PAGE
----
The light-reflecting units, such as those illustrated at 14, 24, 28, 35a, 35b, 73a and 73b have been previously described as trihedral light-reflecting units having three mutually perpendicular facets. FIGS. 9 through 16 illustrate some of the configurations such trihedral units may take. These may be summarized as cube corners, rectangular parallelepipeds, truncated rectangular parallelepipeds, and truncated cube corners. In all of the figures, it will be appreciated that the light-reflecting units are shown greatly oversize to facilitate their illustration and description.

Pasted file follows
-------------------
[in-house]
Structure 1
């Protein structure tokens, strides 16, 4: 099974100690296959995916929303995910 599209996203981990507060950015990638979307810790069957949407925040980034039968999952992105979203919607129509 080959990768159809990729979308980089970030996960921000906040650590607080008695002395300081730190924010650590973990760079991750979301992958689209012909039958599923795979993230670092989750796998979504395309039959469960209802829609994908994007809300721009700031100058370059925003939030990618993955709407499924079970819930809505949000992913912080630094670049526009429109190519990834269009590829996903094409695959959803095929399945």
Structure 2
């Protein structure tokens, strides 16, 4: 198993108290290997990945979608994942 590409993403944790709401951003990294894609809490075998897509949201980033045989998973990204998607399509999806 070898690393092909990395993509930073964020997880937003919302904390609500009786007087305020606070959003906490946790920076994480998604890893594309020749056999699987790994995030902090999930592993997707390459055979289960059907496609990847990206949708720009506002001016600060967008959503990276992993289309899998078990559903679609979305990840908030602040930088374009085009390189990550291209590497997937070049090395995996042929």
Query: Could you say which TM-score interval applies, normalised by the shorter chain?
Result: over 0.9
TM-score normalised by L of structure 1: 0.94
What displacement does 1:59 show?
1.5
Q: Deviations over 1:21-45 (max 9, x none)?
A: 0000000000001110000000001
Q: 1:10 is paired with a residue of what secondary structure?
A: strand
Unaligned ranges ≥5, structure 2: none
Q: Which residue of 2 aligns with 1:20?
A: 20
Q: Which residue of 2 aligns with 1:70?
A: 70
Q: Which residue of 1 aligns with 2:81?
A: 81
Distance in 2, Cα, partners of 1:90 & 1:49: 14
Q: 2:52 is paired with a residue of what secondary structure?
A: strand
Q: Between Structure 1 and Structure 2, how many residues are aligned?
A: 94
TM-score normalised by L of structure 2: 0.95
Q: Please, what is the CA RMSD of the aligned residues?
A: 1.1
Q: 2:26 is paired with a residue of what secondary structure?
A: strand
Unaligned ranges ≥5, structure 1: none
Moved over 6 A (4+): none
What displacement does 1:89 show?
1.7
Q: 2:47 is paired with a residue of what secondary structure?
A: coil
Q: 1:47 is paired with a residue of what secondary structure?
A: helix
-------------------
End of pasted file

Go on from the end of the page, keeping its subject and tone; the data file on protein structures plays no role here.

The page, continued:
FIGS. 9 and 10 illustrate light-reflecting units which are cube corners, sometimes referred to as triple reflectors, in which the light-reflecting unit comprises three square faces which are mutually perpendicular. Since the sides are square and equal in size and thus simulate a cube, such a reflecting unit has come to be called a "cube corner". In FIGS. 9 and 10, the cooperating sides of a single cube corner unit are illustrated at 39, 40, and 41. Such a unit is repeated to form a row 42, and likewise such rows are repeated in parallel fashion to form a light-reflecting array along the underside of a marking tape 43. By the very nature of cube corners, it is difficult if not impossible to avoid optically inactive bands or blind spots 44 (FIG. 10) in forming the cube corners by pins. In a commercial production, rows of such pins are somewhat longitudinally offset with respect to each other unavoidably forming optically inactive bands 44 in the light-reflecting array. These bands represent loss of reflective area and accordingly diminish the effectiveness and light-reflecting intensity of the array. Also, while a cube corner structure provides satisfactory reflectance to light striking perpendicular against an array or strip of cube corners, that is, generally parallel to the axes of the cube corners, its performance falls off fairly rapidly as incident light strikes the array at angles away from the normal to the surface of the cube corner array.